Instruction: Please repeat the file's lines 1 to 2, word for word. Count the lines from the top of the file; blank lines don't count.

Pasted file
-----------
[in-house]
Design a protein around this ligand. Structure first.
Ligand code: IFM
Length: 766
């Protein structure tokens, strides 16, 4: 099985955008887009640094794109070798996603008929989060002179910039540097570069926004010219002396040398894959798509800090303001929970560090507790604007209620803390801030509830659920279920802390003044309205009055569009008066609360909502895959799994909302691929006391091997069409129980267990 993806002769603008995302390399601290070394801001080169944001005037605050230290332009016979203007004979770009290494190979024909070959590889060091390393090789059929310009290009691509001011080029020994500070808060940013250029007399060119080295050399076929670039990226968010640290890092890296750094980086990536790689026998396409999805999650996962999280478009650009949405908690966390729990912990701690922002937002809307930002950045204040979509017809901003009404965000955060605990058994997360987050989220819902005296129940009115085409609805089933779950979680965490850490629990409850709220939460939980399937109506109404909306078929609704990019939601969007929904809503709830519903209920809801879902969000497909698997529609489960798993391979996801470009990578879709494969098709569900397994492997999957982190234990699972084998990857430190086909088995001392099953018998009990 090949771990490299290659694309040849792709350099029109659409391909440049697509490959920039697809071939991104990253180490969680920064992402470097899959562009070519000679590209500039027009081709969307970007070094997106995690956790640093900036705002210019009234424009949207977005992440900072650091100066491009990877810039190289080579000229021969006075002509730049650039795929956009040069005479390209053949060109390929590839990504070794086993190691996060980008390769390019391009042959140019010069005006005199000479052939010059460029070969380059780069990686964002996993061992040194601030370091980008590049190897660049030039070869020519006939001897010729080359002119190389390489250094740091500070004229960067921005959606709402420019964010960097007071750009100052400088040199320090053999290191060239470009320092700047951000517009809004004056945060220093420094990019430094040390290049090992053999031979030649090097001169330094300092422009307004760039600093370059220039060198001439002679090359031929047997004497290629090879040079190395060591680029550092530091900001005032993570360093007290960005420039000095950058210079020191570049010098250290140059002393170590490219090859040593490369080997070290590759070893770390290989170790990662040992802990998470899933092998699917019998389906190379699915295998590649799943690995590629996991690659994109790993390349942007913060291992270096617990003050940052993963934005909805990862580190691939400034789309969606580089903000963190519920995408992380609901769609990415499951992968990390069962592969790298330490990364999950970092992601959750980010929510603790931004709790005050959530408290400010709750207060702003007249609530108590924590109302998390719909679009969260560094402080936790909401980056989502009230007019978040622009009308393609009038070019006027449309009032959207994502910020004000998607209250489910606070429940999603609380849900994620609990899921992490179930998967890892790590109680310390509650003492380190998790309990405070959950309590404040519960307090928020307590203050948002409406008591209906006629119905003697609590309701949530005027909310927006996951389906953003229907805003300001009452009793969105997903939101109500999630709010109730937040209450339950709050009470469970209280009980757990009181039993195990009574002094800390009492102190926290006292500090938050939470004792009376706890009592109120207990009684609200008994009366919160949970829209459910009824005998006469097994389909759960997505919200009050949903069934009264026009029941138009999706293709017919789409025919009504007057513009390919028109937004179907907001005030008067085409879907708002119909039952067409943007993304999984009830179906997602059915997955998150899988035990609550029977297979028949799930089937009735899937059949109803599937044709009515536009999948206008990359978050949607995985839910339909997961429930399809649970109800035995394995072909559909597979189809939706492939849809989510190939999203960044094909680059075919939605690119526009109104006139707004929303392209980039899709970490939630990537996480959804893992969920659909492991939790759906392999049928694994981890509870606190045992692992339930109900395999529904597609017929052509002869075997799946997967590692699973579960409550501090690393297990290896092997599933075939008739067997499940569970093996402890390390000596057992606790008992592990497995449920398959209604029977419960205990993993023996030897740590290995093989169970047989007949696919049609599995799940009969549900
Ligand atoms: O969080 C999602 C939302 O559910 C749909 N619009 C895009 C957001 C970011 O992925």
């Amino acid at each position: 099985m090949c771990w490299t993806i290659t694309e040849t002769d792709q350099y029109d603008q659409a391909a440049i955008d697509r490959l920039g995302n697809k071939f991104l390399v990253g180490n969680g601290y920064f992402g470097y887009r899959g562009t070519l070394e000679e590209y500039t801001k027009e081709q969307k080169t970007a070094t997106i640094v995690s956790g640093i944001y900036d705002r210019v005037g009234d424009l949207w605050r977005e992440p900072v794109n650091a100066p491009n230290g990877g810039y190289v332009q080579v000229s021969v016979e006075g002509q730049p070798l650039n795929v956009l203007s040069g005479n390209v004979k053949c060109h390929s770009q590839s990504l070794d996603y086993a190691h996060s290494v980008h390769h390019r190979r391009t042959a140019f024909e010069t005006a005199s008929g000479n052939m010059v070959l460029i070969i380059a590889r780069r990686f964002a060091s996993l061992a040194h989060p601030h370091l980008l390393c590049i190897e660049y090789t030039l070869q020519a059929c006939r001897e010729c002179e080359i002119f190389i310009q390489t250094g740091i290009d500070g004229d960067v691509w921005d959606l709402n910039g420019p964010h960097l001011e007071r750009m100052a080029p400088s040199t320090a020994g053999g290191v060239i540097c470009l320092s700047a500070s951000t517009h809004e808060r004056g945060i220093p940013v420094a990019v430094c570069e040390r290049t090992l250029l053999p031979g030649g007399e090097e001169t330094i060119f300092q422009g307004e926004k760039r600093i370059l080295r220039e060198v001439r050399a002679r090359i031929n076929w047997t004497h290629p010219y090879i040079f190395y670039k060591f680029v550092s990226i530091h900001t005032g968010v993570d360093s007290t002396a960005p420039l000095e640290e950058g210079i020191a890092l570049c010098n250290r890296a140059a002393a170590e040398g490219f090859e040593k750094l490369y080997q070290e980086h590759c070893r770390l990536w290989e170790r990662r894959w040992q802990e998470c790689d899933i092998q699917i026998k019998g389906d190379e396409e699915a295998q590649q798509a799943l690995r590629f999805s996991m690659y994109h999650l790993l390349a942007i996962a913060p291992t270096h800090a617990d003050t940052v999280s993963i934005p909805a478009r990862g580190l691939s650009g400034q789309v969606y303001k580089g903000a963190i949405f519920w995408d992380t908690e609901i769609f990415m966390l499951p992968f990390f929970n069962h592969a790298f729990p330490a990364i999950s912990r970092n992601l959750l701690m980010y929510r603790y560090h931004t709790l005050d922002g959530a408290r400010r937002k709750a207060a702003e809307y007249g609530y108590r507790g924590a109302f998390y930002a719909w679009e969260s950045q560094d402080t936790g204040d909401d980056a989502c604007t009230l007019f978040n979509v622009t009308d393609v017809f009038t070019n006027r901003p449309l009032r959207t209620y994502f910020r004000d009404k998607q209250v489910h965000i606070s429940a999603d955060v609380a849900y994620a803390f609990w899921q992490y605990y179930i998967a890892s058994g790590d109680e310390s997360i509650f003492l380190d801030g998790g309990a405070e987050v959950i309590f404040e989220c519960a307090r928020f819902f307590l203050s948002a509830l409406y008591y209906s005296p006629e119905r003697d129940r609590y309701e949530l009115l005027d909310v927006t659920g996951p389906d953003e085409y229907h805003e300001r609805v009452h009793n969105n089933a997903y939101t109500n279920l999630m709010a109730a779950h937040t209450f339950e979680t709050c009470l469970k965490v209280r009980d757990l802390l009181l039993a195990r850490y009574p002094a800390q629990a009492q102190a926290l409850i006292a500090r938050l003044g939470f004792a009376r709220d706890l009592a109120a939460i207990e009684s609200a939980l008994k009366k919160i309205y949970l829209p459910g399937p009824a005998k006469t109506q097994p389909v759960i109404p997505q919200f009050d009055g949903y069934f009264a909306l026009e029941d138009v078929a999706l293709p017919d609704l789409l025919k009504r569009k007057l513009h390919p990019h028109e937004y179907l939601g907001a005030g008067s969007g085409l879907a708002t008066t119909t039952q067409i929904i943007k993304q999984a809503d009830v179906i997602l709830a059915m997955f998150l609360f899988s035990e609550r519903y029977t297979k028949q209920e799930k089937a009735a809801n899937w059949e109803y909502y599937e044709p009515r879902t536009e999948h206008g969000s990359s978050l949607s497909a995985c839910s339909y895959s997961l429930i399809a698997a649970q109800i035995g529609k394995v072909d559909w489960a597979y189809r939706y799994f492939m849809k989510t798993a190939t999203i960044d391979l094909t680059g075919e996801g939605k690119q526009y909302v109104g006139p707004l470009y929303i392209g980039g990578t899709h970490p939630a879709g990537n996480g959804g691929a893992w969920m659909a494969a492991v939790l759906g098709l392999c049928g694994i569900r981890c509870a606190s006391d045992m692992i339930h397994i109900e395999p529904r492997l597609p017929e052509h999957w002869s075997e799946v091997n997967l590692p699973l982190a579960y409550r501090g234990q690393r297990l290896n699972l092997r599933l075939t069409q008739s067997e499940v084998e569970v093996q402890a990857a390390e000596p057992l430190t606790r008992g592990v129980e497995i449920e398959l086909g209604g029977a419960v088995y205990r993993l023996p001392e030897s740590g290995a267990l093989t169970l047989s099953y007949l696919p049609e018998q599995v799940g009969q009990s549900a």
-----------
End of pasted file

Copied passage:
[in-house]
Design a protein around this ligand. Structure first.